Multiple Sclerosis Takes a Physical and Psychological Toll on Caregivers, Too
People caring for multiple sclerosis (MS) patients can have substantial physical and psychological health concerns, and their care can adversely impact their employment, according to research findings recently published in the International Journal of MS Care. The study is titled “Care Partners and Multiple Sclerosis, Differential Effect on Men and Women.”
MS caregivers are defined as those who provide care for loved ones without compensation. Compared with care partners for other chronic conditions, MS caregivers are more likely to be men, young to middle age, parents of young children, and in the early stages of their careers.
Research assessing people caring for those with chronic diseases has associated caregiving to negative consequences on the care partner’s relationships, physical health, social life, and overall psychological well-being. Caregivers often change career paths, and a higher care burden is linked to a decreased ability to maintain paid employment, likely resulting from an increase in caregiving hours.
Tamara McKenzie, PsyD, and colleagues investigated the effect of MS caregiver stress on emotional well-being, physical health, and employment status using the North American Research Committee on Multiple Sclerosis (NARCOMS) Registry, a project of the Consortium of Multiple Sclerosis Centers. Since 1996 the consortium has maintained a voluntary registry of participants’ self-reported data obtained at enrollment and via semi-annual questionnaires.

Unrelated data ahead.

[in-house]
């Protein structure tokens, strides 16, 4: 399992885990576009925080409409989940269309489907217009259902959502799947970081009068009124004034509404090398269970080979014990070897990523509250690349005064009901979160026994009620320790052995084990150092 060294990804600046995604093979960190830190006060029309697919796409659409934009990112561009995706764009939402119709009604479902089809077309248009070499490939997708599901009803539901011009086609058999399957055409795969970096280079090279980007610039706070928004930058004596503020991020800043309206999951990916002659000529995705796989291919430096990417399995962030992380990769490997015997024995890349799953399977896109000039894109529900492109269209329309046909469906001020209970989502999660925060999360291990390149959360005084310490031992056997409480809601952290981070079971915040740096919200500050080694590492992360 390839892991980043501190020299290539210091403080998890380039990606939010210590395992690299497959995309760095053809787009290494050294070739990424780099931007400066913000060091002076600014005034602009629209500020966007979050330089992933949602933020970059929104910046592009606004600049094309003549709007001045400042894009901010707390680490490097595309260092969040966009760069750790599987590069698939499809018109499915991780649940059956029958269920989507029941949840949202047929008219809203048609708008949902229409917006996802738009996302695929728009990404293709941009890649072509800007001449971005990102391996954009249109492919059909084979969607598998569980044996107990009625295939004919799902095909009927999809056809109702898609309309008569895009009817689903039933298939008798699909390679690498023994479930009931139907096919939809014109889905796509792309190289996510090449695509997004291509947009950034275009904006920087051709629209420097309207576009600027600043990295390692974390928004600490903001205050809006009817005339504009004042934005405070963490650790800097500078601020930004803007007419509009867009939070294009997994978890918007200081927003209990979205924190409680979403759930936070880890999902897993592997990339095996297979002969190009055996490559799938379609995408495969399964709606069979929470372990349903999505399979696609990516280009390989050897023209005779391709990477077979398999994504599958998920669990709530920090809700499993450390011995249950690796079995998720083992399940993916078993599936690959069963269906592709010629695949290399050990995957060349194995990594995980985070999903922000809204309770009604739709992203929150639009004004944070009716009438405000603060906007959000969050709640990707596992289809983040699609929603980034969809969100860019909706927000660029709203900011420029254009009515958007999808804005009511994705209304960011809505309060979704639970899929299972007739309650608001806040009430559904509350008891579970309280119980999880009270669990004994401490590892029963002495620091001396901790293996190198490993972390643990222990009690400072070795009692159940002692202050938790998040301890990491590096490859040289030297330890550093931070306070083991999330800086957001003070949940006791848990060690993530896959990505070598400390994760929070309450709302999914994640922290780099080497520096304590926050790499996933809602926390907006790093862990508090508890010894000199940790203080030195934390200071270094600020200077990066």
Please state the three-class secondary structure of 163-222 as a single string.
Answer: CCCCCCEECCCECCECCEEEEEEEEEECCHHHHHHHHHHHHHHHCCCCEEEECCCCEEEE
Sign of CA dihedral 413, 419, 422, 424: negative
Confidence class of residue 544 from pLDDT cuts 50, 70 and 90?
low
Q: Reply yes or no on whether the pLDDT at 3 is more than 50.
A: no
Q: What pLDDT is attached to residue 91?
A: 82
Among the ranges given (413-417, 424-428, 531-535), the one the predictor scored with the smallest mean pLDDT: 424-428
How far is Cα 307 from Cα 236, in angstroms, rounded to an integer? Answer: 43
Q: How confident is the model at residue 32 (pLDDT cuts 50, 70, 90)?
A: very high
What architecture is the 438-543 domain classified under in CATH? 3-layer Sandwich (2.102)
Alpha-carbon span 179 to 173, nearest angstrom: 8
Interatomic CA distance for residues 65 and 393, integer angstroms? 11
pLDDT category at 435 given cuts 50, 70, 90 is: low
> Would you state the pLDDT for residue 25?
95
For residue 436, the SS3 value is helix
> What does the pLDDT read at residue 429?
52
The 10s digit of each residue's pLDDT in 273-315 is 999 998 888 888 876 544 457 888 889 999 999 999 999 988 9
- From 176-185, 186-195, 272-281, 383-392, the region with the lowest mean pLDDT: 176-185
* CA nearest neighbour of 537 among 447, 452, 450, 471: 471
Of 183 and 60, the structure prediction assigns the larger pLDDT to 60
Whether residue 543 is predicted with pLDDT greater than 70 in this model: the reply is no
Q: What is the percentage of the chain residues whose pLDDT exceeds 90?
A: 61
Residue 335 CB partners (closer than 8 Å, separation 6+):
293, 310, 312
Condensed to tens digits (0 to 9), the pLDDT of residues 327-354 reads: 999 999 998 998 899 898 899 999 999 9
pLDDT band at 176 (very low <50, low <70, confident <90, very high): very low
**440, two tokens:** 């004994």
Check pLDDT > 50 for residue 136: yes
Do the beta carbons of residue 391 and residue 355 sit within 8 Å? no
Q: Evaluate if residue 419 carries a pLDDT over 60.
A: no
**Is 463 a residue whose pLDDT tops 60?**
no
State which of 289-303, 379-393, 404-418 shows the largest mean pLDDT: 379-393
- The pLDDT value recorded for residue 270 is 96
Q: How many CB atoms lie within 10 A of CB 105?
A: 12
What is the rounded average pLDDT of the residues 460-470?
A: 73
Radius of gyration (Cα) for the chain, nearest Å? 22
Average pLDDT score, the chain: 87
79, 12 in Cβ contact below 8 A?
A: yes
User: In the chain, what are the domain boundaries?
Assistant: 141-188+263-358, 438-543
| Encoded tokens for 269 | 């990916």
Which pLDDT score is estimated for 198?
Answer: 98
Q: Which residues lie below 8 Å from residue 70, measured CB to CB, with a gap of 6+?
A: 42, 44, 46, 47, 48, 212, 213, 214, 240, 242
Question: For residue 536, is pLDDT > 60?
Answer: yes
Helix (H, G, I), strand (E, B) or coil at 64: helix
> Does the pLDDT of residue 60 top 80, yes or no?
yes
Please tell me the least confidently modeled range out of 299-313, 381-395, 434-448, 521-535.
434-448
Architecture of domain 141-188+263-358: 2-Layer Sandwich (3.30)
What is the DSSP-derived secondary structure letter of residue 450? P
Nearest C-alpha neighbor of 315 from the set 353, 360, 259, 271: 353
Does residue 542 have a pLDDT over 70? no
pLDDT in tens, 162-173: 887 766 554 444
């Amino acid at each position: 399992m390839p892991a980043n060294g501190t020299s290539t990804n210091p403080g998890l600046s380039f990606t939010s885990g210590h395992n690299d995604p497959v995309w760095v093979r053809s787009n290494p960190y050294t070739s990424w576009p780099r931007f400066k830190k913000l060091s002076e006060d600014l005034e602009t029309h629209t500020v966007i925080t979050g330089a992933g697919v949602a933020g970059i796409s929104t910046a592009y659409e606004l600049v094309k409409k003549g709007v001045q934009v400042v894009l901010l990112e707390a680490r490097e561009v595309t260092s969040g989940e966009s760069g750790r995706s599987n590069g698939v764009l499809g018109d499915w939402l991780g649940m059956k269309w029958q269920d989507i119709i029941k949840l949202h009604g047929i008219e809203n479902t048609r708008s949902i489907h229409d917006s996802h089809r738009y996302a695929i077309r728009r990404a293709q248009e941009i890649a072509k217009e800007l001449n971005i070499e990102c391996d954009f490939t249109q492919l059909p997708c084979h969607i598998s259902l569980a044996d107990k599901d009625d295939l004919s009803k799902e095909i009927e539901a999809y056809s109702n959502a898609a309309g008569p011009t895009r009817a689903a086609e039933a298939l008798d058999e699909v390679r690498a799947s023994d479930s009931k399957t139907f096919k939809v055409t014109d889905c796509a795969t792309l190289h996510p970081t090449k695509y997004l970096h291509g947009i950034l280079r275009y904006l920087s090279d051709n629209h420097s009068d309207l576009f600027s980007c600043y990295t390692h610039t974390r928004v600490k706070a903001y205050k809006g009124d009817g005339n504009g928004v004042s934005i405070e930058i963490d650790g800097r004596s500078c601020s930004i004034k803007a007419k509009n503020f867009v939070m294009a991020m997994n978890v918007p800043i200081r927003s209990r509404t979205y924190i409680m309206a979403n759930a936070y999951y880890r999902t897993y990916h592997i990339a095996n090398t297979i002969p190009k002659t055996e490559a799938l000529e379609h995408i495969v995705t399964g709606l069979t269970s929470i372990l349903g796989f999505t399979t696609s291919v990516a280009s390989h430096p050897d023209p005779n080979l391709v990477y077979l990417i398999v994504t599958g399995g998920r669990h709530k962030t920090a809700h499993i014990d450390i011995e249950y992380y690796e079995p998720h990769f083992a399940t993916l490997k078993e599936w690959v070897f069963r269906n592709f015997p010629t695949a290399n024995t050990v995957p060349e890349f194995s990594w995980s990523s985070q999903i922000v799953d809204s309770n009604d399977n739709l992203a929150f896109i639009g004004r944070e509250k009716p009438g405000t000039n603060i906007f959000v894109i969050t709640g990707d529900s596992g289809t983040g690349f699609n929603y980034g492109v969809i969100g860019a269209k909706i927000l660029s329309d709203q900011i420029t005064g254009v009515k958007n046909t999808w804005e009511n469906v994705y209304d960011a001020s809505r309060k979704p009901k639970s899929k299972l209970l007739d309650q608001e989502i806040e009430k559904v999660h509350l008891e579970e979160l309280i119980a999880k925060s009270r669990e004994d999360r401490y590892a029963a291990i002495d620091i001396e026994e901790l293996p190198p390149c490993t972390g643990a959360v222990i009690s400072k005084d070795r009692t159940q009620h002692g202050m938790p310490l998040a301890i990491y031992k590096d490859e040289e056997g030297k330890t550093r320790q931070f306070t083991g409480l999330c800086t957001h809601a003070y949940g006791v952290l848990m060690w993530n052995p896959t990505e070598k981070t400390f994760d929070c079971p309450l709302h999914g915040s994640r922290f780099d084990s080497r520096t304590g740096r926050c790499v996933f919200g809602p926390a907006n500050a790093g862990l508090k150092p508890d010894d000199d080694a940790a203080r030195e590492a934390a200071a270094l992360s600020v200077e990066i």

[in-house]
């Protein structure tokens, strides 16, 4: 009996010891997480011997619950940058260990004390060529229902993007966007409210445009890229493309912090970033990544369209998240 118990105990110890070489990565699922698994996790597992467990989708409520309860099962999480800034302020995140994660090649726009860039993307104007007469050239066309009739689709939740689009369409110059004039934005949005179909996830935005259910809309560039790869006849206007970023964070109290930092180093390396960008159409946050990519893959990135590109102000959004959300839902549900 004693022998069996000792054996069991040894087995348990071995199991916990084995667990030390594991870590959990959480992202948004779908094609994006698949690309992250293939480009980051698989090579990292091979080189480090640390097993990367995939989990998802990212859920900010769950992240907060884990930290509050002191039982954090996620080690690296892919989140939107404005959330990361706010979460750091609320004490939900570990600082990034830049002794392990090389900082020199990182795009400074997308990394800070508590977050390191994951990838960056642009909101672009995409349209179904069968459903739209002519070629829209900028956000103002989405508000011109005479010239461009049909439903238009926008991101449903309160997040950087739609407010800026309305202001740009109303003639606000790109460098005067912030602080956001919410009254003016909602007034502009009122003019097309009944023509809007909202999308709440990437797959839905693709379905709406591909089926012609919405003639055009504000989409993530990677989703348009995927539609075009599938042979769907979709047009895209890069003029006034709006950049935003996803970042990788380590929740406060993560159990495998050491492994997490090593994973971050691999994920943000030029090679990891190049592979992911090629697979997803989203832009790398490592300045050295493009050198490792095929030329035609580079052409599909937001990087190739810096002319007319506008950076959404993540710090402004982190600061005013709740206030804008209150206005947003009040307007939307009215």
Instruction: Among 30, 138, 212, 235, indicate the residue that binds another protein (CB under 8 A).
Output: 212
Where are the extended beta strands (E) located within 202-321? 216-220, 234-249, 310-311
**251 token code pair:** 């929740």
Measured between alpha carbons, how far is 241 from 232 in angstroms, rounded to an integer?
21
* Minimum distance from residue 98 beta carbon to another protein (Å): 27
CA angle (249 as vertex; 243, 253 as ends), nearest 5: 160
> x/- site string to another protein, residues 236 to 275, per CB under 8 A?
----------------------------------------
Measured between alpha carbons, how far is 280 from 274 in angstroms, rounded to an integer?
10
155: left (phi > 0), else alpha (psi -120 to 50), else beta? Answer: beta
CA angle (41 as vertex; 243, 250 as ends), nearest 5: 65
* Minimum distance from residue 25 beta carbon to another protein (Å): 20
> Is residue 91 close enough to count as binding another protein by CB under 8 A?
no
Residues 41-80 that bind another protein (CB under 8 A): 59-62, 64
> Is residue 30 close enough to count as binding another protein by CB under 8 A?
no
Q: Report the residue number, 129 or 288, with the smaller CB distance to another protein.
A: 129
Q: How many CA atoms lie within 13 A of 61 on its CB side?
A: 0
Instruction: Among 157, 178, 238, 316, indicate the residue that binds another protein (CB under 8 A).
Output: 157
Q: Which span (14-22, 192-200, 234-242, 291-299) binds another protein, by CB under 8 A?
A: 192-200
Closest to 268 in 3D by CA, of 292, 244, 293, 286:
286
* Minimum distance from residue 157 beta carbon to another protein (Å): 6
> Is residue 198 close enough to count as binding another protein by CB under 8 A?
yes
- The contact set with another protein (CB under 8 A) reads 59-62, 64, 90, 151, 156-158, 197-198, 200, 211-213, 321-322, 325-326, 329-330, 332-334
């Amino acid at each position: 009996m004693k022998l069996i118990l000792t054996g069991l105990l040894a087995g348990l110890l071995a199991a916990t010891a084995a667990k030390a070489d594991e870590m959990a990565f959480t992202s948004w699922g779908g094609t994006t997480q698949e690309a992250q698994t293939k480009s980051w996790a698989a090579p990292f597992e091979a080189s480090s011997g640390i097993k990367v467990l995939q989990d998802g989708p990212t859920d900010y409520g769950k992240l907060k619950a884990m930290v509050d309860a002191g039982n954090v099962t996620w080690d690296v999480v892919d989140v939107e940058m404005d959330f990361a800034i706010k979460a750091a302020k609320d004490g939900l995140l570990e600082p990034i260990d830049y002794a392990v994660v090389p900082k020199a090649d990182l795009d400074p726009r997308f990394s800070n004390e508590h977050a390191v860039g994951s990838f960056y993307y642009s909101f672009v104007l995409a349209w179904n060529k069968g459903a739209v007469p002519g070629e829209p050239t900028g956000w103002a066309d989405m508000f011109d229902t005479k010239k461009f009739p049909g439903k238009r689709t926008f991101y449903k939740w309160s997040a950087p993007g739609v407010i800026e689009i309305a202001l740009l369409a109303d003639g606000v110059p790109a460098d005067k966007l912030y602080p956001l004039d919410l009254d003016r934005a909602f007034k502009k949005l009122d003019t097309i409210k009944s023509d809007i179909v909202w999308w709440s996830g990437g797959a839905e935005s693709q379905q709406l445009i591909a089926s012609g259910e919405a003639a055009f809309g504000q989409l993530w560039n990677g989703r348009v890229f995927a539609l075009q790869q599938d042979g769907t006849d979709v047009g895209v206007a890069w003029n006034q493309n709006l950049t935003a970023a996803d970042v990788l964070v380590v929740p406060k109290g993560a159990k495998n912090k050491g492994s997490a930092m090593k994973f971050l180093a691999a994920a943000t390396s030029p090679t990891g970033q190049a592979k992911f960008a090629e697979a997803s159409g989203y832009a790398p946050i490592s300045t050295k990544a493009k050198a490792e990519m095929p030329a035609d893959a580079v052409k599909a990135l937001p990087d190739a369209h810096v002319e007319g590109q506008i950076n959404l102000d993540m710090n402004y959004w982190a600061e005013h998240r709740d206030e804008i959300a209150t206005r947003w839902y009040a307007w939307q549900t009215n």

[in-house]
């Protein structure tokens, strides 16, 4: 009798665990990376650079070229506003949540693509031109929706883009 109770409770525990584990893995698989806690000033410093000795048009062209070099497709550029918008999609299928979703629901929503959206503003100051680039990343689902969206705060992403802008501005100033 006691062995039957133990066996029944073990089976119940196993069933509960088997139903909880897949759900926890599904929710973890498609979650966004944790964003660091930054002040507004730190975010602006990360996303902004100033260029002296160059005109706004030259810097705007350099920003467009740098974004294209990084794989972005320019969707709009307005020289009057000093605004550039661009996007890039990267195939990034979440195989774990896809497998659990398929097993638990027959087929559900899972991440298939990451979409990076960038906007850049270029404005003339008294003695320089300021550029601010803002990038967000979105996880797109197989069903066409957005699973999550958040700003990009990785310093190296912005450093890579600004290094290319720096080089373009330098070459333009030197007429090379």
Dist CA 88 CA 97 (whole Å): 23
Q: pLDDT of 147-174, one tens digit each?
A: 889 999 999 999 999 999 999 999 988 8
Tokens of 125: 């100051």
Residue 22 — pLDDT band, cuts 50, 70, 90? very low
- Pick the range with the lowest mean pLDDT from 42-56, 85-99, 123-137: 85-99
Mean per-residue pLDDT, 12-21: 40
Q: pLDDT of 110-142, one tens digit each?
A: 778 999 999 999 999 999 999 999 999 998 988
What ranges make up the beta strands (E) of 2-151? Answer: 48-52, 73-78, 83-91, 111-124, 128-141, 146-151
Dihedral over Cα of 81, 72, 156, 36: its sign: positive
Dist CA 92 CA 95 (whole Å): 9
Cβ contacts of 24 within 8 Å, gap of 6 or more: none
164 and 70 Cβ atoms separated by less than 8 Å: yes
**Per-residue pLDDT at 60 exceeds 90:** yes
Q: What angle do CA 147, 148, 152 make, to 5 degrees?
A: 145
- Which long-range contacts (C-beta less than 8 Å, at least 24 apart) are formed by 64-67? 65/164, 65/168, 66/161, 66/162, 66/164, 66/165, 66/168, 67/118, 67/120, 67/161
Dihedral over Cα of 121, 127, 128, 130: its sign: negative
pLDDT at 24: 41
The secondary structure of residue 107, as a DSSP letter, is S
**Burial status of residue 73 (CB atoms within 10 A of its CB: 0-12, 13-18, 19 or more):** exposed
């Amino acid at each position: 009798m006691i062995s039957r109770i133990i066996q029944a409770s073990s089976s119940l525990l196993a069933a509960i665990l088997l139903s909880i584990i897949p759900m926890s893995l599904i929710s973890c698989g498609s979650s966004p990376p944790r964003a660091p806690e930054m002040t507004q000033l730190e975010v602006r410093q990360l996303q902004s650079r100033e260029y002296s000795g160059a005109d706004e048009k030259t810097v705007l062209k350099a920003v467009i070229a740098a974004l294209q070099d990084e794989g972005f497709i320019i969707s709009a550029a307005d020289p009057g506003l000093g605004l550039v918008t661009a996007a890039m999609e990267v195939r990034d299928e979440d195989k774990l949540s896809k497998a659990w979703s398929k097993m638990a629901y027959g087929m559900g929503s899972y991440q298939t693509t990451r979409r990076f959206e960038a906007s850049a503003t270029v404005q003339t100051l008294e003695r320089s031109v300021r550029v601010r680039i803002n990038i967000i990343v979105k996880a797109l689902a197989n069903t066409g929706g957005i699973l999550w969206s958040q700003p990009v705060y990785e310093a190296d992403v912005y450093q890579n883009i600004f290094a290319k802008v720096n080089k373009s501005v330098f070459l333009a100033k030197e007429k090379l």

Care partners of NARCOMS participants were asked to complete an online survey capturing demographic features, health status, caregiver burden (Zarit Caregiver Burden Interview), and the impact of caregiving on employment. Data analysis was performed on a group of 1,333 care partners. The majority were men (61.9%), with a mean age of 51.1 years. The mean Zarit total score was 24.6, indicating a mild caregiver burden.
The results revealed that in comparison with male care partners, female care partners had higher levels of stress and burden, and more medication use for mood/stress/anxiety disorders. The results also showed that male care partners were more prone to report physical concerns. Caregivers of patients with primary progressive MS (PPMS) reported a higher perceived burden, compared to partners of patients with secondary progressive MS (SPMS) and relapsing-remitting MS (RRMS). The researchers also found that during the past year, over 40% of care partners (559) had missed work due to caregiving obligations.
Based on the results, researchers concluded in their article, “future research should evaluate how to mitigate the adverse effects of caregiving and evaluate positive aspects of the role (…) There is a great need to further address the economic effects of informal care partners to gain a better understanding about what factors affect workplace absenteeism, the decisions to change jobs or reduce workload, and the financial impact of changes in employment secondary to the sex of the caregiver.”